October 29, 2013 4:22 pm
Updated: October 29, 2013 5:02 pm

Celebrity chef Anthony Bourdain voices support for Canada’s seal hunt

Celebrity chef Anthony Bourdain took to his personal Twitter account on Monday to criticize other chefs who signed their names to an anti-seal hunt campaign.

Peter Kramer, file/AP Photo
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VANCOUVER – Proponents of Canada’s seal hunt have found a celebrity ally — something that doesn’t often happen — in chef, author and television show host Anthony Bourdain.

Bourdain took jabs at fellow chefs who signed their names to a Humane Society of the United States campaign calling for a boycott of “Canadian seafood or seafood from sealing provinces until Canada’s commercial seal slaughter ends.”

“… These chefs are giving Canada’s fishing industry a clear message—it is not acceptable for fishermen in Canada to club and shoot hundreds of thousands of seal pups in a reckless mass slaughter that takes place every year off Canada’s east coast,” read the Humane Society statement.

Bourdain, 57, is no stranger to speaking his mind and he did just that on his personal Twitter account on Monday, taking particular issue with how demands for a complete ban on sealing would affect indigenous communities in Canada’s north.

Bourdain visited northern Quebec in 2006, with his Travel Network show Anthony Bourdain: No Reservations, to take part in a traditional Inuit seal hunt and feast.

Although he said he was at one point “rooting for the seal” and even admitted watching the slaughter of the lone seal for family sustenance was not the most pleasant thing to watch, Bourdain sampled each part of the freshly-killed raw seal — including “the best part,” the eyeball.

“Is this any worse really than eating at the Colonel’s [a reference to Kentucky Fried Chicken and the legendary Colonel Sanders] or Applebee’s, comfortably far removed from the business of the killing floor? Or, is it in fact a more honest relationship with our food,” he said in the Apr. 17, 2006 episode.

He pointed out nothing goes to waste when a seal is brought home after a hunt.

Bourdain drew from that experience to make his case to his colleagues on Monday.

Terry Auldla, president of the Ottawa-based Inuit organization Inuit Tapiriiit Kanatami (ITK), welcomed Bourdain’s support.

Even if it doesn’t change everyone’s thinking on seal hunting, he said “whatever little bit helps.”

He calls campaigns by animal rights activists “hypocritical” and said they “[pull] on heart strings and not on facts.”

As far as the Inuit are concerned, he said seal hunting is a vital part of life in the North.

He estimated indigenous hunters kill about 5,000 seals a year — a fraction of what’s hunted by the commercial seal hunters.

The Humane Society makes no reference to the indigenous seal hunts in its statement online last week.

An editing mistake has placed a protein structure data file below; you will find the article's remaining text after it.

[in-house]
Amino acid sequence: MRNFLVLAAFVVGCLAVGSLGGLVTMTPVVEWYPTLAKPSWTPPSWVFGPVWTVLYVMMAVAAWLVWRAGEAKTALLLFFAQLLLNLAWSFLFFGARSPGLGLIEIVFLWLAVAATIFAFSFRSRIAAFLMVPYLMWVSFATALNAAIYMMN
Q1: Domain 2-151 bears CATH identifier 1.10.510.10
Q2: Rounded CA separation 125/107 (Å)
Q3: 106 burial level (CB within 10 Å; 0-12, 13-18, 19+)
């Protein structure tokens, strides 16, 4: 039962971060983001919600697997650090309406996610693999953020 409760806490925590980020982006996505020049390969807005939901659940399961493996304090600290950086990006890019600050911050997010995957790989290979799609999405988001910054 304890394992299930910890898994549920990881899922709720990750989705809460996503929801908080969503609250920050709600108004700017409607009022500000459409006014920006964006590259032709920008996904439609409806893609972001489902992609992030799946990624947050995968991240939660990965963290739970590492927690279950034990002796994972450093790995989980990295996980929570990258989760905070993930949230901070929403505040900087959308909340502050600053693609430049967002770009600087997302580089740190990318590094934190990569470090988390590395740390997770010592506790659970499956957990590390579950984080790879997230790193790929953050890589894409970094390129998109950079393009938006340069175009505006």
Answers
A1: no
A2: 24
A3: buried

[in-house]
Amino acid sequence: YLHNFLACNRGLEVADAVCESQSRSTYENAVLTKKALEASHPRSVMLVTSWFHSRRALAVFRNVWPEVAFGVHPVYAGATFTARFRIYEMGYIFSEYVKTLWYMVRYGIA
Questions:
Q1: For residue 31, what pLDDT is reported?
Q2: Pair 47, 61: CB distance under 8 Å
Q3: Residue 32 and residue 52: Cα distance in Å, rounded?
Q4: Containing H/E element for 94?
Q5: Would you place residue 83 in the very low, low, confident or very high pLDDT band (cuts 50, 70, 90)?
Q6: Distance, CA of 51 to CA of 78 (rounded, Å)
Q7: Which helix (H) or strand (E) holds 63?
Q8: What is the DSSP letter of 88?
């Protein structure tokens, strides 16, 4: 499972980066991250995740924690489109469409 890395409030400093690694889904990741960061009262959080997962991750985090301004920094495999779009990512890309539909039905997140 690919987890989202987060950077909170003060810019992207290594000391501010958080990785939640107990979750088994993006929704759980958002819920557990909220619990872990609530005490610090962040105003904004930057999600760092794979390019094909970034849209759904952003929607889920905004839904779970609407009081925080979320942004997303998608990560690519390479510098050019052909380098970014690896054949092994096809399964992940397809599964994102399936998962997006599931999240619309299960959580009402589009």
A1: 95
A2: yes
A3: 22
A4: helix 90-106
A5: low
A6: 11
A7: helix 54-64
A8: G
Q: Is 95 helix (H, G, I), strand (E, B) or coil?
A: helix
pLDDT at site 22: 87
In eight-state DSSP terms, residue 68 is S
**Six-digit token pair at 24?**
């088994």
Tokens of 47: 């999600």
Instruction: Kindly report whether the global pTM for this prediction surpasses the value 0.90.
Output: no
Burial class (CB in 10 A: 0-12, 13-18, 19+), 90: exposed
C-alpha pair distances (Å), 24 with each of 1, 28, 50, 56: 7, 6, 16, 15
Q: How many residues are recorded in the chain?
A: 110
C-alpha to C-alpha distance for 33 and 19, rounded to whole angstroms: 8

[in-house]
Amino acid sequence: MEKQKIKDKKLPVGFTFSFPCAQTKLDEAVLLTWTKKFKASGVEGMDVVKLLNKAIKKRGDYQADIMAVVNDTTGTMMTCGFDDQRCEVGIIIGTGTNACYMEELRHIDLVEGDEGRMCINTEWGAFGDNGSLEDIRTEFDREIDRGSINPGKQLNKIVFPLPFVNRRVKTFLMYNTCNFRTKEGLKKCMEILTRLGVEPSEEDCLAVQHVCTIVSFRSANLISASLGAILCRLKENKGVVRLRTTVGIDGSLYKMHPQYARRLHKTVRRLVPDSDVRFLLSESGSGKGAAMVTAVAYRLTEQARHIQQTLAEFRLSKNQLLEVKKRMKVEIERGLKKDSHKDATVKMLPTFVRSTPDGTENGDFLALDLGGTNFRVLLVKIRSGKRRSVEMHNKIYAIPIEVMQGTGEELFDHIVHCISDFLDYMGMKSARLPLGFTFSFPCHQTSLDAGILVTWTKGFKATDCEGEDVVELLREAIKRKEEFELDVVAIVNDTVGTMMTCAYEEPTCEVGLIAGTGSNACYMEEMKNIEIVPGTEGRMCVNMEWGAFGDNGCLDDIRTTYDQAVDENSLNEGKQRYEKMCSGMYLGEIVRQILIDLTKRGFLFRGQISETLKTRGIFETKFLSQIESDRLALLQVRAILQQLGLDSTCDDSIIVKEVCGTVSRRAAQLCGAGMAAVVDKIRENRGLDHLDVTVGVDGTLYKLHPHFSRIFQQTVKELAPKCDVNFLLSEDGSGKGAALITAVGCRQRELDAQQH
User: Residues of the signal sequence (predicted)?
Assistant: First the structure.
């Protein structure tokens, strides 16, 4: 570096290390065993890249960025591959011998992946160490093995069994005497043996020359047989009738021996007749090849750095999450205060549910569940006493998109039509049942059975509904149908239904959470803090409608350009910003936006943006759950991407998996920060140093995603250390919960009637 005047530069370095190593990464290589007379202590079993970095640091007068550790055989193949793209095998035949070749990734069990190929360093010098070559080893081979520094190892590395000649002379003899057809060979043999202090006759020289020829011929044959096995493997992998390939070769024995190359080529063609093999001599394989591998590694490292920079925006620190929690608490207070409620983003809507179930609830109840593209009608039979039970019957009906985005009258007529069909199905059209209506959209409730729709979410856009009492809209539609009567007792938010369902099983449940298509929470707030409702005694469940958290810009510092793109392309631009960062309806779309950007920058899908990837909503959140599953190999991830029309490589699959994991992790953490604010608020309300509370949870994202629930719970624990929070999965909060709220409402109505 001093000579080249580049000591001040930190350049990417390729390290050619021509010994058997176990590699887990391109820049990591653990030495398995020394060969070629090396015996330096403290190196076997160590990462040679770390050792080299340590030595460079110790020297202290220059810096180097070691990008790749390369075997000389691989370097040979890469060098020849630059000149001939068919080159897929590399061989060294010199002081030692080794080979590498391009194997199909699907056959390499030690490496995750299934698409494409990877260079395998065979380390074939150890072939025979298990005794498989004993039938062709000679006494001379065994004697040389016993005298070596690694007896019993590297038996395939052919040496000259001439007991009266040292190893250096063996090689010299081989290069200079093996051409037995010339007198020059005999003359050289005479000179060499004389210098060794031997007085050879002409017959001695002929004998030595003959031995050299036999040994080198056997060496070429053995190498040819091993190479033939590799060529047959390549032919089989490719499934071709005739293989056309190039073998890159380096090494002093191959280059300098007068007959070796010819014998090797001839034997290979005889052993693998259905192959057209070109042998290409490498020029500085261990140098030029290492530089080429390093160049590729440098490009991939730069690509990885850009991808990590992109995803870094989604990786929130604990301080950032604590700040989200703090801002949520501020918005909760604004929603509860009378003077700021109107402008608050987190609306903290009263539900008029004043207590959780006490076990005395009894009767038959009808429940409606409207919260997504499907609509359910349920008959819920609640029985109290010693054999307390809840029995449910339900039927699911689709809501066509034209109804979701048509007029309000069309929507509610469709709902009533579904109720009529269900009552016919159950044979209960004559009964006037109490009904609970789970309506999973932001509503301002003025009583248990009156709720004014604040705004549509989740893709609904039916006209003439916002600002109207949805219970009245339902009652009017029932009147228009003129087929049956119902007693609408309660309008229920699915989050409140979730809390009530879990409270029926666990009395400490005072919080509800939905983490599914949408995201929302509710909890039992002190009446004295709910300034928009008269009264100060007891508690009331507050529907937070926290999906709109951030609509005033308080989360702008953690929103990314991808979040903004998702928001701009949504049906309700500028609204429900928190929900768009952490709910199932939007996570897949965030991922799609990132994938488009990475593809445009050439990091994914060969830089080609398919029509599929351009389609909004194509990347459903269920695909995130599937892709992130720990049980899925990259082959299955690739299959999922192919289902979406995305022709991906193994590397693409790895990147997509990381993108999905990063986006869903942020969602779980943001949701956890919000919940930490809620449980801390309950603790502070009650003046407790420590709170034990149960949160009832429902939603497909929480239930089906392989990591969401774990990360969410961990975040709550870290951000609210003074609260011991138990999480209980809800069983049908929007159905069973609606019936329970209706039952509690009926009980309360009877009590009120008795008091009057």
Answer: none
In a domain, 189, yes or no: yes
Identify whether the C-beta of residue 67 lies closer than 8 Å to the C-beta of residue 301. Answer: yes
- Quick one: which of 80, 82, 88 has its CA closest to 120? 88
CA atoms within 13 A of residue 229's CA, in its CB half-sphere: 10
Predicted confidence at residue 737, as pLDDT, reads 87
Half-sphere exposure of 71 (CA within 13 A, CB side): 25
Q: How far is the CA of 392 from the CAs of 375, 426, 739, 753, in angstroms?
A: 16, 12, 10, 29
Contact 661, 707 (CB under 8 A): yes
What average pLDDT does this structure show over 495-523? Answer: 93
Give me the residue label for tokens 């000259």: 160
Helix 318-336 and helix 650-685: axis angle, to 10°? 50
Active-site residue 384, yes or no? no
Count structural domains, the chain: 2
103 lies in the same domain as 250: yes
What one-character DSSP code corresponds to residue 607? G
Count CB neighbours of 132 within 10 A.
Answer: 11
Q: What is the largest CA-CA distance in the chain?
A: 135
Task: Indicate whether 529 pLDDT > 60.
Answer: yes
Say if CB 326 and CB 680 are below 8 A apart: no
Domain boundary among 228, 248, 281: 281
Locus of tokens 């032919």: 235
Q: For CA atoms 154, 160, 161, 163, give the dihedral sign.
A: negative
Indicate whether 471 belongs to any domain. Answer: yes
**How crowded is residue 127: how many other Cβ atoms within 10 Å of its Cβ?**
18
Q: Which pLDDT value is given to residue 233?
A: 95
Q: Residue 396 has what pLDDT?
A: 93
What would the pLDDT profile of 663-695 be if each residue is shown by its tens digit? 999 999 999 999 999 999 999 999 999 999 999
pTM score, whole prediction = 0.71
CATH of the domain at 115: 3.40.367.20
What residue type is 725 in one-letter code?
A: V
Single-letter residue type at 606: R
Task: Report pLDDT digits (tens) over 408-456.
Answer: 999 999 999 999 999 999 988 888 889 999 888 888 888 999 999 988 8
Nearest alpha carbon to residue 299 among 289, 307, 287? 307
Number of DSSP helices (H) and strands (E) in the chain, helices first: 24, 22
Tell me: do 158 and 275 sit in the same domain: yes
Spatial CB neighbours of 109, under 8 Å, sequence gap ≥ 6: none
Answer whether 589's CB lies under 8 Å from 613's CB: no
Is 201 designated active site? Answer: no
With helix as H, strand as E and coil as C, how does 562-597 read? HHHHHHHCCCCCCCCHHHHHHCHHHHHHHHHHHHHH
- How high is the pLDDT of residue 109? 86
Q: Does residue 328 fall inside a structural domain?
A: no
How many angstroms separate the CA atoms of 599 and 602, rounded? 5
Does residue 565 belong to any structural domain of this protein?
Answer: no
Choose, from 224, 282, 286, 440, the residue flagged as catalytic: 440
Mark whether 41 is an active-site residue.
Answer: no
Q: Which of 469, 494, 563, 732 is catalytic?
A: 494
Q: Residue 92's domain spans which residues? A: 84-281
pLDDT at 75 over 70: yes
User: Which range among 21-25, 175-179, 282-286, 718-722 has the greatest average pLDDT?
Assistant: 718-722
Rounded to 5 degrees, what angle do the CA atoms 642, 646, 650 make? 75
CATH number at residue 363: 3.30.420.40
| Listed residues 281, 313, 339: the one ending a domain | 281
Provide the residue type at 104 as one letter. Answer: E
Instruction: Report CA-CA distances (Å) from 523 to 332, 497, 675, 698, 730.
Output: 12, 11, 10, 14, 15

Speaking to Global News on Tuesday, the Humane Society’s Director of Wildlife Protection said the campaign in no way targets the “native subsistence hunt.”

“This is a commercial hunt undertaken by commercial fishermen for the fashion industry,” Kathryn Kullberg said in a phone interview.

Kullberg explained the Chefs for Seals campaign is calling for a boycott of Canada’s seafood industry because it is “clearly linked” to the seal hunt.

“These fishermen do not make a living from killing seals. They kill during a very small portion of their off-season,” she said.

Kullberg said the animals are killed while they are still pups.

She acknowledged the seals cannot legally be killed until after they are 14 days old and have molted their white coats, but she said at two weeks old the animals are still pups.

Kullberg said many of the animals are skinned alive, although the Dept. of Fisheries and Oceans (DFO) said hunters are required to verify the animal is dead and “bleed the animal for a minimum of one minute” before they can skin it.

She said 800,000 people have signed onto its anti-seal hunt campaign, in addition to 6,500 grocery stores, restaurants and other businesses.

Chef Cathal Armstrong poses for the Chefs for Seals campaign. (Photo courtesy of The Humane Society of the United States).

Courtesy of The Humane Society of the United States

According to Canada’s DFO, Canada is the world’s largest exporter of seal products, which include pelts, oil and meat.

But in the last couple of years, the number of seals harvests has fallen significantly below the quotas, with 2011 called one of the worst years on record.

Canada is also subject to a European Union [EU] ban on the importation of seal products, which came into force in 2010 and was upheld in a ruling earlier this year, despite Canadian government opposition.

DFO determines its annual hunt quotas based on the estimated size of the seal population, which the department says is at its highest level in 30 years and “in no way an ‘endangered species.'”

In an email to Global News, DFO spokesperson David Walters said 90,703 seals were harvested in 2013, based on preliminary estimates. He said that was far below the total allowable catch of 400,000.

The majority of the harvest takes place between late March and the middle of May, in waters of Newfoundland and Labrador and the Gulf of St. Lawrence. Residents of Canada’s Arctic and areas north of the 53rd parallel can hunt seals at any time throughout the year for subsistence.

The department monitors the effect an abundant seal population has on the Atlantic cod.

“Scientific research suggests that grey seal predation could account for much of the high natural mortality of cod in the southern Gulf of St Lawrence. At current rates of natural mortality, stock growth is not likely unless productivity increases well above levels observed in the past decade,” a post on DFO’s website reads.

The cod debate is another argument Bourdain uses to make his case.

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